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TWENTY-THIRD SUNDAY IN ORDINARY TIME SEPTEMBER 4, 2022



A reading of the holy Gospel according to Lk 14:25-33


Great crowds were traveling with Jesus, and he turned and addressed them, “If anyone comes to me without hating his father and mother, wife and children, brothers and sisters, and even his own life, he cannot be my disciple. Whoever does not carry his own cross and come after me cannot be my disciple. Which of you wishing to construct a tower does not first sit down and calculate the cost to see if there is enough for its completion? Otherwise, after laying the foundation and finding himself unable to finish the work the onlookers should laugh at him and say, ‘This one began to build but did not have the resources to finish.’ Or what king marching into battle would not first sit down and decide whether with ten thousand troops he can successfully oppose another king advancing upon him with twenty thousand troops? But if not, while he is still far away, he will send a delegation to ask for peace terms. In the same way, anyone of you who does not renounce

all his possessions cannot be my disciple.”


REFLECTION

"Anyone of you who does not renounce all his possessions cannot be my disciple.”


It is not from your own possessions that you are bestowing alms on the poor, you are but restoring to them what is theirs by right. For what was given to everyone for the use of all, you have taken for your exclusive use. The earth belongs not to the rich, but to everyone. Thus, far from giving lavishly, you are but paying part of your debt.

- St. Ambrose


As I read this Gospel, the very first thought in my mind was that surely the Lord did not mean that I should abandon my husband, family and sell all my possessions and go follow Him. But where would I follow Him? There is no road off the interstate that states, Road to follow Jesus. Is there?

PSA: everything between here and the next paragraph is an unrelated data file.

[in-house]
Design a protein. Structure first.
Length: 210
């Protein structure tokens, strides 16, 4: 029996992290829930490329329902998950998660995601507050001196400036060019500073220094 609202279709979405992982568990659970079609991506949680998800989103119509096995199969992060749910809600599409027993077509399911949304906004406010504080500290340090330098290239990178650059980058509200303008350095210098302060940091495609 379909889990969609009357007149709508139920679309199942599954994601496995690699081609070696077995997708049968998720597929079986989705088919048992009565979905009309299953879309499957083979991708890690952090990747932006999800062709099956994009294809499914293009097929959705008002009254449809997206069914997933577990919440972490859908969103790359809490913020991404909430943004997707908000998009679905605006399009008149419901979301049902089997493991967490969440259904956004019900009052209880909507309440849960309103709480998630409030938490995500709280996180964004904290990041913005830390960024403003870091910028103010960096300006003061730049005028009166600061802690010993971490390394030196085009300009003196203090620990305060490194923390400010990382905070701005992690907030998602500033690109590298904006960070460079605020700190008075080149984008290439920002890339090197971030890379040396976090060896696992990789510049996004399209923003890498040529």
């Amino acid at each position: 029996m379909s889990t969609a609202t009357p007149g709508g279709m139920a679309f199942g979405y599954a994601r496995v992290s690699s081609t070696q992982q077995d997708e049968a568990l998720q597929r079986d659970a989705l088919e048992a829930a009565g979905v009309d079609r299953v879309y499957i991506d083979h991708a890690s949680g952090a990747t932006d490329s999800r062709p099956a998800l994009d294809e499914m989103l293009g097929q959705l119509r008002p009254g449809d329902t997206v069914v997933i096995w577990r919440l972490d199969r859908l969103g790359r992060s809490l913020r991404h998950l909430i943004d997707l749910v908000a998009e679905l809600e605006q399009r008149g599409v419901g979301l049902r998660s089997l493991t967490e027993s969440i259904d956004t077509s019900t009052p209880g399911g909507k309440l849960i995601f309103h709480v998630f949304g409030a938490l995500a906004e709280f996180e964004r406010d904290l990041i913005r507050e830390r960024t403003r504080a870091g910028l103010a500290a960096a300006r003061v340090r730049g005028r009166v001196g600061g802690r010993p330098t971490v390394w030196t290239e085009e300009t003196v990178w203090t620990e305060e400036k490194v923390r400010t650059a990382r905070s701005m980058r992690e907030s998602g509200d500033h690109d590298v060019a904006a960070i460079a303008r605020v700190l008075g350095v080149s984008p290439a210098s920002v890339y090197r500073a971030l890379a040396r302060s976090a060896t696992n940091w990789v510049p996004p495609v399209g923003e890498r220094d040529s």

There are many vocations. And every vocation whether it be married life, having children, working a desk job or working at a factory, being an engineer, doctor, nurse or religious life of a nun, monk or priest, requires periods of discernment, understanding and knowing if we can use our vocation for the benefit of God and others. After all, the first commandment to love God before all is there for every human being, no matter what the vocation.


If possessions are money, cars, houses, clothes, and recreation sites, one needs to understand that Jesus came to serve the poor not enrich them or the disciples with material goods. Yet these are possessions that all the above vocations can say "yes" or "no" to.


We all are disciples of Jesus. The questions posed by St Ambrose is the following: Are any of our possessions really ours? We might have accumulated the wealth to pay, but were these gifts given to me from God so that I could accumulate "stuff", or are these gifts meant to be shared with all. After all, whatever gift, whatever advantage we had over another one are not man made but God given.


Need for possessions can affect all walks of life: need to keep the possessions affects all but we need to be mindful of this trap. Think about what we have--do we use it all, do we hoard, do we accumulate? Ways to see the other side of possession: work in an underprivileged facility for children, nursing homes, soup kitchen, Catholic Charities, and poor neighborhoods, to name a few, and see what side of the equation you are.


To have or not to have, that is the question.


God Bless You






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